Keith: “Sure. As we all know, while a very few amount of customers and buyers will come back and leave a review, lots of them are willing to write us all kinds of stuff. You know, hang ups on things like ‘Hey, i bought the blue looking widget and I got it and it was blue. I wasn’t expecting it to be this shade of blue. Can you help?’ You know… all kinds of questions.”
Greg: ‘Yeah, you know, wouldn’t it be great if we lived in a world where we didn’t have customers? Then, everything would run smoothly. The thing that gets in the way, the wave, is customers. It doesn’t matter what website you’re on, you’ll see this. We travel a lot so we use Trip Advisor. 80 percent of people who have a bad experience will leave a bad review and the rest of the 20 percent who didn’t enjoy themselves probably won’t bother. But do 80 percent of people who really enjoyed themselves leave a good review? No they don’t. The general rule in business is that complainers don’t take the higher ground and the crucial thing as an Amazon seller is to respond to complaints as quickly as possible. Because if you’re slow to respond then you get nowhere and a good example is on refund which we focus on very much. At ZonSupport, we have a separate account that immediate refunds an account within twelve hours of the original request. This is important because it shows the brand’s commitment to pleasing the customer and it’s essentially saying, ‘We’re sorry you had a bad experience. Please tell us what went wrong so we can make it right.’ You’d be surprised at the amount of people that come back. You know, they’ve applied for the refund and before they’ve had any time to even get the label and packaging set up to send back, they are already getting a message back to find out what the problem is. Quite often, through communication, we’ve sorted out the issue before the customer has returned the product and they end up canceling the return. Or, if there is an issue, instead of dealing with FBA and a dysfunctional product, we say ‘keep the product and we’ll send you a replacement.’ That is premium customer service because it also is less hassle for the buyer. Once you’ve opened that door of communication, you can further the conversation by saying ‘when that product arrives, please let us know so we can make sure everything is to your satisfaction.’ Then they get it and they say they love it and, bam, that’s when you ask them to please leave a review. You’ve established trust and a relationship.”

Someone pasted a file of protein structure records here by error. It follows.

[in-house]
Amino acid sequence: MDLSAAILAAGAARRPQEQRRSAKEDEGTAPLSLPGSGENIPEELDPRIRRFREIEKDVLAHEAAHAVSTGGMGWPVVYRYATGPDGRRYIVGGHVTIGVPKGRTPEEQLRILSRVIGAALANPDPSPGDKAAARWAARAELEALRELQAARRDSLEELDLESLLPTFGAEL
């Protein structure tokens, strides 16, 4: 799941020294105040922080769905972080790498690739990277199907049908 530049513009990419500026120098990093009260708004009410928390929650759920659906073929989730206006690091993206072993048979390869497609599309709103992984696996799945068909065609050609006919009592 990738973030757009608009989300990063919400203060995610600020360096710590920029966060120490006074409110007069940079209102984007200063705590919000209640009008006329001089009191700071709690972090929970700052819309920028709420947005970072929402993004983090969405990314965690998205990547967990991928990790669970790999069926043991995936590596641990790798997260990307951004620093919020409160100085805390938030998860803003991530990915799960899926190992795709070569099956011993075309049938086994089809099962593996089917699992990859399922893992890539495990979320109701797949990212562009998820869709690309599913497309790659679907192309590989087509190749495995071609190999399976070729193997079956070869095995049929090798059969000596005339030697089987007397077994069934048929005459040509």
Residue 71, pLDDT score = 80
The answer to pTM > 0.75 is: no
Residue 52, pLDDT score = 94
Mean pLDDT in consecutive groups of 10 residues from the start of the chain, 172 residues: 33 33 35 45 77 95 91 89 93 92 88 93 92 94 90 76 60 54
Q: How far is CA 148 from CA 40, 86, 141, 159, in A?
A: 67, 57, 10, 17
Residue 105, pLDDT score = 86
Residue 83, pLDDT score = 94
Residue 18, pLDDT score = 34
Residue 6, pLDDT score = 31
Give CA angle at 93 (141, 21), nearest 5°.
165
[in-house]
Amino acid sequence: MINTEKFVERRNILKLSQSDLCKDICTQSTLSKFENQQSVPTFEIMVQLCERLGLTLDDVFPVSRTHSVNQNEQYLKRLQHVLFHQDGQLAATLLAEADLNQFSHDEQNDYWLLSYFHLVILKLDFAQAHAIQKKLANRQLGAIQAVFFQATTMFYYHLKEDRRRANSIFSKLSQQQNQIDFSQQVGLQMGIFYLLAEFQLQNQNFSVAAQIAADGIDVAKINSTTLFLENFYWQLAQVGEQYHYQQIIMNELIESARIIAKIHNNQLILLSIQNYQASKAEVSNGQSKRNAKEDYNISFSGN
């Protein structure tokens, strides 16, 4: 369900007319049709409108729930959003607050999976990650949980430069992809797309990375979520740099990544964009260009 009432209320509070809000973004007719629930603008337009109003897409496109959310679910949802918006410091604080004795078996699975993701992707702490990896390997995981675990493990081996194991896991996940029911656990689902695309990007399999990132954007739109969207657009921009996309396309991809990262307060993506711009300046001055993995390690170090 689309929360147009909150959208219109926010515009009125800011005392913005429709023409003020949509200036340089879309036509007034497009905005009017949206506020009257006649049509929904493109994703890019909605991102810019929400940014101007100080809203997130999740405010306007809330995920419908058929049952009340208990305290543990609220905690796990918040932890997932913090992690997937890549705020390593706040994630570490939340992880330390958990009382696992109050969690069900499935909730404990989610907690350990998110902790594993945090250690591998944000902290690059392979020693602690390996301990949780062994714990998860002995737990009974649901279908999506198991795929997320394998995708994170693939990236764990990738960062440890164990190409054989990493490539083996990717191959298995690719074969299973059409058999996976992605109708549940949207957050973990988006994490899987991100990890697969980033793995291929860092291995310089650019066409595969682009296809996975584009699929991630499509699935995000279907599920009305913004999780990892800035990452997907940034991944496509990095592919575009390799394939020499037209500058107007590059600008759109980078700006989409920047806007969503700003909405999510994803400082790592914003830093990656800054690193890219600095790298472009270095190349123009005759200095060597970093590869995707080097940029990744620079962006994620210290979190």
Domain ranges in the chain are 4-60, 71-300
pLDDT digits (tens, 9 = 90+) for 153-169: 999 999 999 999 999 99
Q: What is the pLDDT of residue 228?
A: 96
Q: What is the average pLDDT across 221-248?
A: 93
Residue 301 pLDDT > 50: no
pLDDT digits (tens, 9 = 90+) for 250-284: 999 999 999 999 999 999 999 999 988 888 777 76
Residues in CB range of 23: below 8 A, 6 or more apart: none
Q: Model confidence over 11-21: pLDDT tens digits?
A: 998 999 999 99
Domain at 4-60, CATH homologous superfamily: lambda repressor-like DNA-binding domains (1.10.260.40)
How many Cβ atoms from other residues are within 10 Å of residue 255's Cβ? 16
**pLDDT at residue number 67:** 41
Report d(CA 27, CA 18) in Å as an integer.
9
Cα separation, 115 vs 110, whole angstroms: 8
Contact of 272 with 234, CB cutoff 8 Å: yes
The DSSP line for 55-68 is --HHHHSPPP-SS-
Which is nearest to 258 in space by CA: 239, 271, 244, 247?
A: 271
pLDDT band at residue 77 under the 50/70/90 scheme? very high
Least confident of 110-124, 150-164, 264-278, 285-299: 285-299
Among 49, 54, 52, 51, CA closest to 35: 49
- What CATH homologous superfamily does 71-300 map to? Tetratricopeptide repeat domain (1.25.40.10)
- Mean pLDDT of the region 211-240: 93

Keith: “Yeah, I can remember probably my best and earliest review came from a return. Just like you, I’ve been around the industry for so many years, running various companies and helping other entrepreneurs, but I’m just now getting into Amazon as a seller, myself, with launching only 3 or 4 months ago. But even on just one product, there were certain things I just knew I didn’t want to deal with from the get-go. I wanted to work with your team in setting that standard operating procedure which you guys have templates on everything, which is fantastic.”
Keith: “But I knew if I wanted to take off on a Sunday, right, which should be my right as an entrepreneur and I didn’t want to be tied to my phone and my computer and have to handle these things. But I get how crucial it is. I remember we processed a replacement just like the example you gave earlier and if I’m not mistaken the guy didn’t even ask me for a replacement; he just shared a problem with the coloring or something that he thought was off -”